Editor’s Note: Recognizing Resilience
Resilience has been the subject of social work and behavioral health research for decades.
As social work and mental health, behavioral, and social work practitioners transitioned from a pathology focus to a strengths-based perspective, it became generally understood that resilience is a characteristic that can be grown and developed. According to a 2015 working paper from the Center on the Developing Child at Harvard University, “… [the] combination of supportive relationships, adaptive skill-building, and positive experiences constitute the foundations of what is commonly called resilience.”
We know that there is a connection between adverse childhood experiences and a wide range of issues such as mental health conditions, substance use disorders, lower educational achievement, chronic disease, and many more. However, not all individuals exposed to adversity experience these challenges. Why do some people develop adaptive capabilities and others do not? This question will continue to be the topic of research, but the good news is that resilience building is available to many individuals, groups, and communities with the resources and energies to apply them.
One such community is the topic of this issue’s cover story. Florida State University’s Resilience Project is a web-based, research-informed toolkit developed to encourage students’ wellness. It aims to prepare them for the obstacles and challenges that they will inevitably encounter throughout their professional and personal lives.
Individuals may arrive on campus having experienced trauma in their personal and family lives, they may experience it while attending the university, or they may never have experienced trauma. One thing is certain, though—when they start their careers as social workers and move through that journey, they will inevitably be affected by the experiences they have with their clients, seeing and hearing about the challenges in their clients’ lives, and the potential moral distress they may experience when colleagues and employers fail to fulfill the mission and values of social work’s Code of Ethics.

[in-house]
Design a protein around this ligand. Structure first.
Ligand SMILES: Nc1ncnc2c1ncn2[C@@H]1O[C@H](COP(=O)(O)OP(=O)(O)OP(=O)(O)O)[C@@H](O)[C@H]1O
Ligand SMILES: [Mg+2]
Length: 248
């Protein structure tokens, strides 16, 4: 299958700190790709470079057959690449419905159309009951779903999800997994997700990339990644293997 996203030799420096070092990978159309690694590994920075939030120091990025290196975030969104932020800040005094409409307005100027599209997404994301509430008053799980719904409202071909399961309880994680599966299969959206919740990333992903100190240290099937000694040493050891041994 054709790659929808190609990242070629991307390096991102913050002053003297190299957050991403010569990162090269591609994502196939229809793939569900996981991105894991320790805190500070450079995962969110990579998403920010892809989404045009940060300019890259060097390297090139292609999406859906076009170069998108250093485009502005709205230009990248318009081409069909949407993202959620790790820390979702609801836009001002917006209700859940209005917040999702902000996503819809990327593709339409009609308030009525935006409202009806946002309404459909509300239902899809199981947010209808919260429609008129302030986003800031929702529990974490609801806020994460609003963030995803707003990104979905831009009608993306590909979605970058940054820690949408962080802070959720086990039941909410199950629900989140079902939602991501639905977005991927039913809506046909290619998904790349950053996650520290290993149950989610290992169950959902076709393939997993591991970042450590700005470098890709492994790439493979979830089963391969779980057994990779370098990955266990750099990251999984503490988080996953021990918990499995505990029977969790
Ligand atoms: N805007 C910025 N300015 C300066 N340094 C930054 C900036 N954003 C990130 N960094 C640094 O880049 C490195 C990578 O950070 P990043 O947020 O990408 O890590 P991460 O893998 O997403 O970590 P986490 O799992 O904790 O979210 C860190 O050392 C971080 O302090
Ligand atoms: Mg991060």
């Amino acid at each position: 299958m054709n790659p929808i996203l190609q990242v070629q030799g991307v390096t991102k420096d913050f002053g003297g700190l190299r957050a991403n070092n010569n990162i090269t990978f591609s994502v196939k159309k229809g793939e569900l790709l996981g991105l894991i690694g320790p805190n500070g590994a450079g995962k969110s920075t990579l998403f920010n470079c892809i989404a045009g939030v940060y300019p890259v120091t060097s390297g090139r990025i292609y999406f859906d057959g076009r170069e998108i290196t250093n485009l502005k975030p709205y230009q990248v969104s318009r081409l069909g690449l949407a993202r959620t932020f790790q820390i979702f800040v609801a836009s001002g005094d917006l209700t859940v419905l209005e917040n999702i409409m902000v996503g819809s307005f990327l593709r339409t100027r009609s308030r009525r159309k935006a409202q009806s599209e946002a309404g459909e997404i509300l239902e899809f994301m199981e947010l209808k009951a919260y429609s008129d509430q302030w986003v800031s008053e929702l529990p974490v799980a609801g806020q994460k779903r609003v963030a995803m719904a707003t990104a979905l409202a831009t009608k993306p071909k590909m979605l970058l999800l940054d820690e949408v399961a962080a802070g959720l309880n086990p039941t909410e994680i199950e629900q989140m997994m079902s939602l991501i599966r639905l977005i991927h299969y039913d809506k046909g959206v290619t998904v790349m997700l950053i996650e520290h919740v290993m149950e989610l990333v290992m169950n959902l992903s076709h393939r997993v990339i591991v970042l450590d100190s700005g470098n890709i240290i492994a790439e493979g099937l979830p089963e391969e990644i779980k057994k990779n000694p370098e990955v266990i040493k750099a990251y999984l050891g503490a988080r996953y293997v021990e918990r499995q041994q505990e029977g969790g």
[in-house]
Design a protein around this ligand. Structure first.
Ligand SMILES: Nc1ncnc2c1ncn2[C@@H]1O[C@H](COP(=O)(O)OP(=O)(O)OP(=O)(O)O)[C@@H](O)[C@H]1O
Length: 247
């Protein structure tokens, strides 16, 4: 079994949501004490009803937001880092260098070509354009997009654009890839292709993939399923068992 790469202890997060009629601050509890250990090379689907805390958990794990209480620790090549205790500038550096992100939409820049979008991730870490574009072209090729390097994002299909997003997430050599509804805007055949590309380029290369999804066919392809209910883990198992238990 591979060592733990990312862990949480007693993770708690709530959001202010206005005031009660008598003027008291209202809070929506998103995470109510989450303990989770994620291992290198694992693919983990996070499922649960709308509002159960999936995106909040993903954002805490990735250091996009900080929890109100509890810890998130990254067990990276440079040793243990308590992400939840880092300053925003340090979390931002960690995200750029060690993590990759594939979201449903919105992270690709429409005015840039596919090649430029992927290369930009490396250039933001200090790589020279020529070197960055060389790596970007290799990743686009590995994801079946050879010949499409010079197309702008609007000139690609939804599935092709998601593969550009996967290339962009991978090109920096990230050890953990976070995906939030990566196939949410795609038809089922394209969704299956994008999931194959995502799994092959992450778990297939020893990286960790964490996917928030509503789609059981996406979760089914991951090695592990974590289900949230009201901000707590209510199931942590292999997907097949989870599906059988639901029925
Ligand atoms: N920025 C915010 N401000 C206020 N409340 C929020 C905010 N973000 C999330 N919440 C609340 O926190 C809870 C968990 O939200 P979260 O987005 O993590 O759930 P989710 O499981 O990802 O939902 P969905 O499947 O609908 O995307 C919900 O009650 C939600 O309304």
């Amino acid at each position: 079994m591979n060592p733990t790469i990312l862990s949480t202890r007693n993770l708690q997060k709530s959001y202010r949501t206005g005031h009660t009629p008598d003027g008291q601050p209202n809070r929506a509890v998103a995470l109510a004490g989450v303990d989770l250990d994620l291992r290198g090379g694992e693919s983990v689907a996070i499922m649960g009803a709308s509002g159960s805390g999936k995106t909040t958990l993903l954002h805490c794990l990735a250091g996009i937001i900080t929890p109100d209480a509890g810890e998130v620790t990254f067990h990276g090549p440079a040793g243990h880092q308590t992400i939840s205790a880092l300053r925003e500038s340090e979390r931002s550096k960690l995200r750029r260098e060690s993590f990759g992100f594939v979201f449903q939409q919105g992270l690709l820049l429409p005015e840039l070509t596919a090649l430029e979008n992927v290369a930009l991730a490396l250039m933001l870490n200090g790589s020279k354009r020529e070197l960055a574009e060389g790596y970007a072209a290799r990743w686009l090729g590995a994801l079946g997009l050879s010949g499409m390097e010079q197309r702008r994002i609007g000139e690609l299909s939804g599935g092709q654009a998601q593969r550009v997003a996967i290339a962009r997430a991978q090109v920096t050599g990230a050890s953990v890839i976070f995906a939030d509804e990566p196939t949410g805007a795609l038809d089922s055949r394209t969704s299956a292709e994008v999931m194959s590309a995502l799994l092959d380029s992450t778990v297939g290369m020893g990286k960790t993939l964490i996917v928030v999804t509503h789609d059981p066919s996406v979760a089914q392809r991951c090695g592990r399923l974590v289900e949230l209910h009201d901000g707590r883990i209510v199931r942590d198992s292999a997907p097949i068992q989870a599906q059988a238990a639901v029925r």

According to Mark Horwitz, PhD, MSW, JD, an associate professor at Westfield State University interviewed for this cover story, “These are completely overwhelming jobs. They’re complicated almost beyond comprehension. Our assumptions get shattered. Things that happen to us shatter our understanding of safety and meaning, and we shut down a little bit until we rebuild our beliefs about this world.”
A necessary tool in every social worker’s professional development toolbox is resilience and social work educational institutions are recognizing their responsibility in fostering its growth.
Wishing all social workers a happy, meaningful, and resilient Social Work Month!